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Print view: Angry comments to Salon raised some unfortunate questions
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THEY GOT LETTERS! Angry comments to Salon raised some unfortunate questions: // link // print // previous // next //

Correct on every point: In our view, Bob Herbert’s column about Social Security is correct on every point.

That leaves one problem with Herbert’s column—it won’t help matters at all.

On what points is Herbert’s column correct? It’s true—there really are “demagogues” who “would have the public believe that Social Security is unsustainable, that it is some kind of giant contributor to the federal budget deficits.” It’s true that these claims are false. It’s true that “there is no Social Security crisis.” And we’d almost agree with all this:

HERBERT (1/25/11): Beyond Medicare, the major drivers of the deficits are not talked about so much by the fat cats and demagogues because they were either responsible for them, or are reaping gargantuan benefits from them, or both. The country is drowning in a sea of debt because of the obscene Bush tax cuts for the rich, the wars in Afghanistan and Iraq that have never been paid for and the Great Recession.

Let’s assume every word in this column is accurate. Will it help convince people that there is no Social Security crisis?

Almost certainly, no. Here’s the reason:

People believe that Social Security is facing a crisis due to a decades-old propaganda campaign. The talking-points which have misled the public are slick, convincing, skillfully drawn. But uh-oh! Herbert mentions none of these familiar points; doesn’t explain where these points have come from; and makes no attempt to help people see past them. He simply ignores the skillful claims which have driven the public’s mistaken belief. Instead, he offers us this:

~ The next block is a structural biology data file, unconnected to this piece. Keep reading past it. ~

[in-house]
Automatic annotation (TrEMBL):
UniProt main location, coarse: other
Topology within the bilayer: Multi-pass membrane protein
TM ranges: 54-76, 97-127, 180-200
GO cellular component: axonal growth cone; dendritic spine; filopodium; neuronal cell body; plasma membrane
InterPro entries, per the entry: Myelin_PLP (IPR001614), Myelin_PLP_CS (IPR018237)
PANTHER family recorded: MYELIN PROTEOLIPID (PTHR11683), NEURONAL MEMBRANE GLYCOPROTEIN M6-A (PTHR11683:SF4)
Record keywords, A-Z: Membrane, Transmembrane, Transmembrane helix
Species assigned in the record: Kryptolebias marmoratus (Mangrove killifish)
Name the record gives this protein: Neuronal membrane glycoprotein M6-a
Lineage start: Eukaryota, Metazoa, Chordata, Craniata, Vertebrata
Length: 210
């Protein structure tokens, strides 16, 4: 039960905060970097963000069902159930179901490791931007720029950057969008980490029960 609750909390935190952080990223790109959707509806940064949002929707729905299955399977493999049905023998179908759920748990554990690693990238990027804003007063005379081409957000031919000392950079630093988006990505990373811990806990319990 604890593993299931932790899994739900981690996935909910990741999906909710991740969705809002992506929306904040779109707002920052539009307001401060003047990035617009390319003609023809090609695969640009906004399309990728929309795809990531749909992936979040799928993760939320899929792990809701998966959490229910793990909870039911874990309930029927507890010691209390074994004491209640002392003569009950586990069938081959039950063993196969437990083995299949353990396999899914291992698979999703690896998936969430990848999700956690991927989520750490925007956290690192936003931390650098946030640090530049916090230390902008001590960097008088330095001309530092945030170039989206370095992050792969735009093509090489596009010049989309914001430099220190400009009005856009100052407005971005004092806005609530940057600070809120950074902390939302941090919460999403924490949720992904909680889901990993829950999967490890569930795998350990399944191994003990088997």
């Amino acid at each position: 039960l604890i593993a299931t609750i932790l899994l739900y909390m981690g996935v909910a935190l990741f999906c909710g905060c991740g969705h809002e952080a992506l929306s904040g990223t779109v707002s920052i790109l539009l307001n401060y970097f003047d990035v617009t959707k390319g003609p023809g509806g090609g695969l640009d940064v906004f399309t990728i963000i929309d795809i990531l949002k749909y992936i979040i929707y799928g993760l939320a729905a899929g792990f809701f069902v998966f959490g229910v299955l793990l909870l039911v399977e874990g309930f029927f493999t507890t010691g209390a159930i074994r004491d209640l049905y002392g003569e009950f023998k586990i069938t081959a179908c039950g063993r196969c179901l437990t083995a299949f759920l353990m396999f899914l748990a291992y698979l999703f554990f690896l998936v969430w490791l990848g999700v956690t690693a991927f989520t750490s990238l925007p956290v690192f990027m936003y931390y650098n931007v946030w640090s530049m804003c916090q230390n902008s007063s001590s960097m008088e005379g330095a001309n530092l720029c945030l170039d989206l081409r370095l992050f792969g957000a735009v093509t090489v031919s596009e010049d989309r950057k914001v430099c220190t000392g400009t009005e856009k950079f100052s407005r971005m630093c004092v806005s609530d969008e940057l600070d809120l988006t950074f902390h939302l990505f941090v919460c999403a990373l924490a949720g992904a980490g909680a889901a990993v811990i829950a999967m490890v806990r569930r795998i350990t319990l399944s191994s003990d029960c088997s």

HERBERT: The demagogues would have the public believe that Social Security is unsustainable, that it is some kind of giant contributor to the federal budget deficits. Nothing could be further from the truth. As the Economic Policy Institute has explained, Social Security “is emphatically not the cause of the federal government’s long-term deficits, since it is prohibited from borrowing and must pay all benefits out of dedicated tax revenues and savings in its trust funds.”

How do we know that the program is sustainable? Of course! A think tank said!

Large majorities believe that Social Security won’t be there for them. At this site, we’ve endlessly described the talking-points which have thus convinced them. Unfortunately, people like Herbert have endlessly failed to help the public unravel these claims.

Large majorities still seem to believe that Social Security won’t be there for them. (In August 2010, 70 percent of people aged 18-49 told CNN that the system “will not be able to pay you a benefit when you retire.” The hapless work of liberal “intellectual leaders” explains why this is the case.

Alas, poor Herbert: Groan. Herbert quotes a think tank referring to the program’s “trust funds.” But why do people think the program won’t be there for them? Because they’ve been told, for the past thirty years, that these “trust funds” don’t really exist!